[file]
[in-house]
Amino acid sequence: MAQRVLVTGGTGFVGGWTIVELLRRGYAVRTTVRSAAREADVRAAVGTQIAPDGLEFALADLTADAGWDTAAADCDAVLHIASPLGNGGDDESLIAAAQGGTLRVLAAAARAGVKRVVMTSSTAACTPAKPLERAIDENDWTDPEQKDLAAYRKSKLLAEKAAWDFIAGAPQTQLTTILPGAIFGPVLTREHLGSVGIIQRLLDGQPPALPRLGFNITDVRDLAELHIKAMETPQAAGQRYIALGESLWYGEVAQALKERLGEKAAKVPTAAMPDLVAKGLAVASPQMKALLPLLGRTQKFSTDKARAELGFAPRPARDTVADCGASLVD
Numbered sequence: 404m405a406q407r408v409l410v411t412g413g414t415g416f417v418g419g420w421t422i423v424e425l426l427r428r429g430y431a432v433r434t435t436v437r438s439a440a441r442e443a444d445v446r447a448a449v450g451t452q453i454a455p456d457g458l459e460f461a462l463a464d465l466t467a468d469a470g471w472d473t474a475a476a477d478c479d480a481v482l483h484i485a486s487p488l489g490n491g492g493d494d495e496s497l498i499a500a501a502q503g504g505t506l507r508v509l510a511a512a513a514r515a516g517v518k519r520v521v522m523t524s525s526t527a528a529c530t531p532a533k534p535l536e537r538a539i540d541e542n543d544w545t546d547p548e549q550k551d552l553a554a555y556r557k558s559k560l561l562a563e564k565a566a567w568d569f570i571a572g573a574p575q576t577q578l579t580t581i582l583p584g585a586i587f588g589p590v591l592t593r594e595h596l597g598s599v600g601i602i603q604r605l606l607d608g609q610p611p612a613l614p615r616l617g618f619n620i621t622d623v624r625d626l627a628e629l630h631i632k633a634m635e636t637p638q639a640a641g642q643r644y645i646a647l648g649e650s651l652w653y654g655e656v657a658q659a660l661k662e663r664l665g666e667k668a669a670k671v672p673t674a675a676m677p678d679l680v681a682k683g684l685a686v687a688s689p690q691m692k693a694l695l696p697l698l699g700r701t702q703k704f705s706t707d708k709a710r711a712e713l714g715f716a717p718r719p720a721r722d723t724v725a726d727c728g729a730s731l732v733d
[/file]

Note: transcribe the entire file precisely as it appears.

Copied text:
[in-house]
Amino acid sequence: MAQRVLVTGGTGFVGGWTIVELLRRGYAVRTTVRSAAREADVRAAVGTQIAPDGLEFALADLTADAGWDTAAADCDAVLHIASPLGNGGDDESLIAAAQGGTLRVLAAAARAGVKRVVMTSSTAACTPAKPLERAIDENDWTDPEQKDLAAYRKSKLLAEKAAWDFIAGAPQTQLTTILPGAIFGPVLTREHLGSVGIIQRLLDGQPPALPRLGFNITDVRDLAELHIKAMETPQAAGQRYIALGESLWYGEVAQALKERLGEKAAKVPTAAMPDLVAKGLAVASPQMKALLPLLGRTQKFSTDKARAELGFAPRPARDTVADCGASLVD
Numbered sequence: 404m405a406q407r408v409l410v411t412g413g414t415g416f417v418g419g420w421t422i423v424e425l426l427r428r429g430y431a432v433r434t435t436v437r438s439a440a441r442e443a444d445v446r447a448a449v450g451t452q453i454a455p456d457g458l459e460f461a462l463a464d465l466t467a468d469a470g471w472d473t474a475a476a477d478c479d480a481v482l483h484i485a486s487p488l489g490n491g492g493d494d495e496s497l498i499a500a501a502q503g504g505t506l507r508v509l510a511a512a513a514r515a516g517v518k519r520v521v522m523t524s525s526t527a528a529c530t531p532a533k534p535l536e537r538a539i540d541e542n543d544w545t546d547p548e549q550k551d552l553a554a555y556r557k558s559k560l561l562a563e564k565a566a567w568d569f570i571a572g573a574p575q576t577q578l579t580t581i582l583p584g585a586i587f588g589p590v591l592t593r594e595h596l597g598s599v600g601i602i603q604r605l606l607d608g609q610p611p612a613l614p615r616l617g618f619n620i621t622d623v624r625d626l627a628e629l630h631i632k633a634m635e636t637p638q639a640a641g642q643r644y645i646a647l648g649e650s651l652w653y654g655e656v657a658q659a660l661k662e663r664l665g666e667k668a669a670k671v672p673t674a675a676m677p678d679l680v681a682k683g684l685a686v687a688s689p690q691m692k693a694l695l696p697l698l699g700r701t702q703k704f705s706t707d708k709a710r711a712e713l714g715f716a717p718r719p720a721r722d723t724v725a726d727c728g729a730s731l732v733d